Things you probably already know about me:
- I like poetry – not just the words, but the poetry of circumstance, scenery, synchronicity, people
- I like to make reference to William Carlos Williams poems, especially in my Instagram feed
- I value gentleness and am on a quiet crusade to revolutionise the world thusly.
So you’ll not be surprised to learn that Jim Jarmusch’s Paterson is my new favourite movie.
It’s a poem in itself structured with stanzas like days of the week, repetition that imbues deeper meaning with each encounter, a homage to the poetry of lives being lived without judgement or drama. There’s ambiguity, subtlety and I’m sure it would reward re-watching, just as there’s always more to be gleaned from re-visiting a good poem.
Paterson drives the bus in Paterson, New Jersey – the home of WCW and Allen Ginsberg. Lines of poetry pace through his head as he walks to work and he writes them in his notebook sitting at the wheel in the morning. It’s a quietly persistent art form that exists in his every day – the conversations he overhears, the familiar scenes of his home town – contrasted perhaps by his quirky and lovely Laura who expresses her artistry by staying home painting the curtains, the walls, decorating cupcakes and buying a “Harlequin” guitar to match her aesthetic. The bold black and white is hard to miss, but she’s just as gentle and poetic as Paterson and the sweetness of their relationship is one of the most heartening aspects of this film.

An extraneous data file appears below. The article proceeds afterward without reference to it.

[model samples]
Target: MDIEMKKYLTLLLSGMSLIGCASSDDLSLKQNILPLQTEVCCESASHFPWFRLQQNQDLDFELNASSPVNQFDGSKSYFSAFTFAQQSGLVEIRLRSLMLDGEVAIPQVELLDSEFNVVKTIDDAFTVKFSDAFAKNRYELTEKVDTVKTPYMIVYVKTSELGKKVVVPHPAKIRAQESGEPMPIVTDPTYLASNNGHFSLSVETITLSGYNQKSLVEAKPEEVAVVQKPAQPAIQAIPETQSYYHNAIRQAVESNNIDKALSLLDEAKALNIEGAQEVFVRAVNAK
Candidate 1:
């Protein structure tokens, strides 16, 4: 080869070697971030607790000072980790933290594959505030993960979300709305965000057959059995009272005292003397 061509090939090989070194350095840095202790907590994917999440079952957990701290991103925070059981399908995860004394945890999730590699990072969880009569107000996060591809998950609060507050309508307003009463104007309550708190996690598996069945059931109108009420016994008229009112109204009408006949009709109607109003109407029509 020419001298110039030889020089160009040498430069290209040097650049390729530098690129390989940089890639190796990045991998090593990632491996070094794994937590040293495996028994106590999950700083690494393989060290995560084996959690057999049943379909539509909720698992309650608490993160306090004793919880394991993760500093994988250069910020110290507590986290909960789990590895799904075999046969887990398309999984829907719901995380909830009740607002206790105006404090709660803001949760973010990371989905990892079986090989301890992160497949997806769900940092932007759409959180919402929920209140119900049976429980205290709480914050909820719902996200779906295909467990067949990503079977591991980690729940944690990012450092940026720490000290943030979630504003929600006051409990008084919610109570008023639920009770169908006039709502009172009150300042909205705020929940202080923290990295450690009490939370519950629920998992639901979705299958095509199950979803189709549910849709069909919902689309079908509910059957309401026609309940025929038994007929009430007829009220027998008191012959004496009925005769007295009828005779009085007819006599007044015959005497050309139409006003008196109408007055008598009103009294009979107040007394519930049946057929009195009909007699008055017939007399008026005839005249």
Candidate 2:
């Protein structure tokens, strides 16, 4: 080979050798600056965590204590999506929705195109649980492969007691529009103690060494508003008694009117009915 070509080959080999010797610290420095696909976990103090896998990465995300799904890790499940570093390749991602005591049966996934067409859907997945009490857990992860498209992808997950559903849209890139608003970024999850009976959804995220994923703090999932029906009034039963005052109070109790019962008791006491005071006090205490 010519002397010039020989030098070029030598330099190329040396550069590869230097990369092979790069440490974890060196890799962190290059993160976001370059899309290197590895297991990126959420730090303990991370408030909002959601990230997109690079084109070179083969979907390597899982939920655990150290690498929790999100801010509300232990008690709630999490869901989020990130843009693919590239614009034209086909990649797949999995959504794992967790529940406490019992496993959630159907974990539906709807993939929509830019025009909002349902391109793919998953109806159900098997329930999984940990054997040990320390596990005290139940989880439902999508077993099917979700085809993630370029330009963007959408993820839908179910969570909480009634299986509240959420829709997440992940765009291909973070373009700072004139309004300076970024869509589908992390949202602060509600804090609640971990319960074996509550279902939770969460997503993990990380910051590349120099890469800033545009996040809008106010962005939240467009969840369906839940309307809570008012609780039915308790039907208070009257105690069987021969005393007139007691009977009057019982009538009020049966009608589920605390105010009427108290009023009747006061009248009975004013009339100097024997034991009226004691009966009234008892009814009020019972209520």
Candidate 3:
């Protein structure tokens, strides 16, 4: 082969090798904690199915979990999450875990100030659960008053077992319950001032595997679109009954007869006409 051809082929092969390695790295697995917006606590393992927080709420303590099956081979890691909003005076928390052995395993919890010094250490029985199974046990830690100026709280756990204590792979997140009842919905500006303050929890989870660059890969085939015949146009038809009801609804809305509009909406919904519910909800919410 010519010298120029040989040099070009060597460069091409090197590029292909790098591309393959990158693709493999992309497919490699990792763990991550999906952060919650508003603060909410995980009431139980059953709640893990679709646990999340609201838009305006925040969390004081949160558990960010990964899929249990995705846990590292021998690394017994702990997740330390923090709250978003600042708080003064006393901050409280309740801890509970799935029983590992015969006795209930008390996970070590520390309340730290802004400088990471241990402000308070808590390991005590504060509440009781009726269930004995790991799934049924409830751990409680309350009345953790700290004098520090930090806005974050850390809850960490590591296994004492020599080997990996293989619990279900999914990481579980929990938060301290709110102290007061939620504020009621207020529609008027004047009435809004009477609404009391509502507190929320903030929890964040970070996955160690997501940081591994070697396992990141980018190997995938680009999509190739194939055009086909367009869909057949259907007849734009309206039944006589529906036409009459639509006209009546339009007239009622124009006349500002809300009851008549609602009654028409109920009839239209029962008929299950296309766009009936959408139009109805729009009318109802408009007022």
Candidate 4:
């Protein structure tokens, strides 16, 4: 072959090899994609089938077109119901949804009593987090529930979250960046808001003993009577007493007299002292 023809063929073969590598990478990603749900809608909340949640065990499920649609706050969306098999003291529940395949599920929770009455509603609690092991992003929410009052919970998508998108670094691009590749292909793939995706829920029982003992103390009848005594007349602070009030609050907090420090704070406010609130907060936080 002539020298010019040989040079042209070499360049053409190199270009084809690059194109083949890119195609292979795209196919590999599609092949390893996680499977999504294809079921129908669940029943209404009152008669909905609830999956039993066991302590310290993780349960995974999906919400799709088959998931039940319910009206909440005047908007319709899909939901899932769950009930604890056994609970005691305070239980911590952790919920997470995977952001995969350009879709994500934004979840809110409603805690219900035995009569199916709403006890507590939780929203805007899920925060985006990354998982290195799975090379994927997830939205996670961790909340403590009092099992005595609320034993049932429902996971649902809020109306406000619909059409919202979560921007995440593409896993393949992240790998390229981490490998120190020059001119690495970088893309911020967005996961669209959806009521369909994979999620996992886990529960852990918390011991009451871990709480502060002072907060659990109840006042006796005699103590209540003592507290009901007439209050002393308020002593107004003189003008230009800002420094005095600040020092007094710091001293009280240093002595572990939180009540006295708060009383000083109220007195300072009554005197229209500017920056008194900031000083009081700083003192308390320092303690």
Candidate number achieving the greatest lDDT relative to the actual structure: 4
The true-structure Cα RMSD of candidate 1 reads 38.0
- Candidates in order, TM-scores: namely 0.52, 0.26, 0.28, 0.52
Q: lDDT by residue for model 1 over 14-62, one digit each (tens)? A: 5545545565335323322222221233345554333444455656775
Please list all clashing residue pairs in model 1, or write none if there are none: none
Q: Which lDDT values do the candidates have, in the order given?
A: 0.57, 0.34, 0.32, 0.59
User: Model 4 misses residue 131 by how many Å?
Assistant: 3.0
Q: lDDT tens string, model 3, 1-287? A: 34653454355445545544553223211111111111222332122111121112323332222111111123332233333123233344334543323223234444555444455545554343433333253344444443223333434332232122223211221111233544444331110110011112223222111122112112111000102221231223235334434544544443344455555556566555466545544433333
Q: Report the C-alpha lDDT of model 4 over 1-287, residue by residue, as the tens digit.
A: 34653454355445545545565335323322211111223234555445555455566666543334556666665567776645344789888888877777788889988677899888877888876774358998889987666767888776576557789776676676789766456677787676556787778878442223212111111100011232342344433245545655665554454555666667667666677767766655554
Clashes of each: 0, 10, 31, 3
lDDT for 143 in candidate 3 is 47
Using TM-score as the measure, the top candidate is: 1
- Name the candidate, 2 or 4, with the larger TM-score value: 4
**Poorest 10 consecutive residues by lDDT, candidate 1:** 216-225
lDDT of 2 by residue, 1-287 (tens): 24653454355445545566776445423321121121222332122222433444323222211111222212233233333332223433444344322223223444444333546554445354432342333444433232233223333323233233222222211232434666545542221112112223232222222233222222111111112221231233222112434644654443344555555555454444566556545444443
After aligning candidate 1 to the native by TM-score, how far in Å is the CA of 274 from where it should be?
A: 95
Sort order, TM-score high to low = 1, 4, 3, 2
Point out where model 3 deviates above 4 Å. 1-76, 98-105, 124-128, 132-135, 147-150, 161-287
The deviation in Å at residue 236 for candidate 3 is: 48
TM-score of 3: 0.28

I totally believe poetry is the antidote to a high-conflict society, where everything makes us mad and nothing is ever good enough. The calm world of Paterson reminds us, but doesn’t indulge that we have been conditioned to expect drama and conflict in movies and in life; secrets being kept, relationships falling apart, tempers flaring (spoiler: the bus doesn’t burst into flames). Life doesn’t have to be like that. Instead we can simply do our jobs, be kind to each other, walk the dog and look at the world through a poet’s eyes. How lucky is that?
2 thoughts on “Paterson.”
I loved it too! While the poetry he writes is very different to mine, I felt like the movie showed the process that goes on in my head when I’m composing a poem, and I totally agree that it is also poem-like itself, with the little units of repetition, the symbols (not all explained, like the twins!). Yay for quiet gentleness. Yay for quietly doing something you love because you love it.
Yes!! Yay Helen 🙂 x